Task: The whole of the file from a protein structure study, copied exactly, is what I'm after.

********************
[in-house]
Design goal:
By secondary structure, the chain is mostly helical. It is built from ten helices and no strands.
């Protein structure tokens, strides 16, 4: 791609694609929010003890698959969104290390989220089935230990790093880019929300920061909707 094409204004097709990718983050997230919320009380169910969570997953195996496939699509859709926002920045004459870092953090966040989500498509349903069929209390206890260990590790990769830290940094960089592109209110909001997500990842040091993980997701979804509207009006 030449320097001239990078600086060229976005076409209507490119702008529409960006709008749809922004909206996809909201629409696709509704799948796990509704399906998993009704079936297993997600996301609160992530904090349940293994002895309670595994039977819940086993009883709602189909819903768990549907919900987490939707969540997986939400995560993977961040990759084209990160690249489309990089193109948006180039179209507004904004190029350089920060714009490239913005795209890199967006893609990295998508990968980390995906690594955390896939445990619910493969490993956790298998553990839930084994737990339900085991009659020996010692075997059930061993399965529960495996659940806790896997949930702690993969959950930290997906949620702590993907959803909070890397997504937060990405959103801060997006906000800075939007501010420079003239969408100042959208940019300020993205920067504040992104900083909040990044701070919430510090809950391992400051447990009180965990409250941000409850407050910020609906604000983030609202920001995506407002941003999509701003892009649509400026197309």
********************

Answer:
[in-house]
Design goal:
By secondary structure, the chain is mostly helical. It is built from ten helices and no strands.
């Protein structure tokens, strides 16, 4: 791609694609929010003890698959969104290390989220089935230990790093880019929300920061909707 094409204004097709990718983050997230919320009380169910969570997953195996496939699509859709926002920045004459870092953090966040989500498509349903069929209390206890260990590790990769830290940094960089592109209110909001997500990842040091993980997701979804509207009006 030449320097001239990078600086060229976005076409209507490119702008529409960006709008749809922004909206996809909201629409696709509704799948796990509704399906998993009704079936297993997600996301609160992530904090349940293994002895309670595994039977819940086993009883709602189909819903768990549907919900987490939707969540997986939400995560993977961040990759084209990160690249489309990089193109948006180039179209507004904004190029350089920060714009490239913005795209890199967006893609990295998508990968980390995906690594955390896939445990619910493969490993956790298998553990839930084994737990339900085991009659020996010692075997059930061993399965529960495996659940806790896997949930702690993969959950930290997906949620702590993907959803909070890397997504937060990405959103801060997006906000800075939007501010420079003239969408100042959208940019300020993205920067504040992104900083909040990044701070919430510090809950391992400051447990009180965990409250941000409850407050910020609906604000983030609202920001995506407002941003999509701003892009649509400026197309």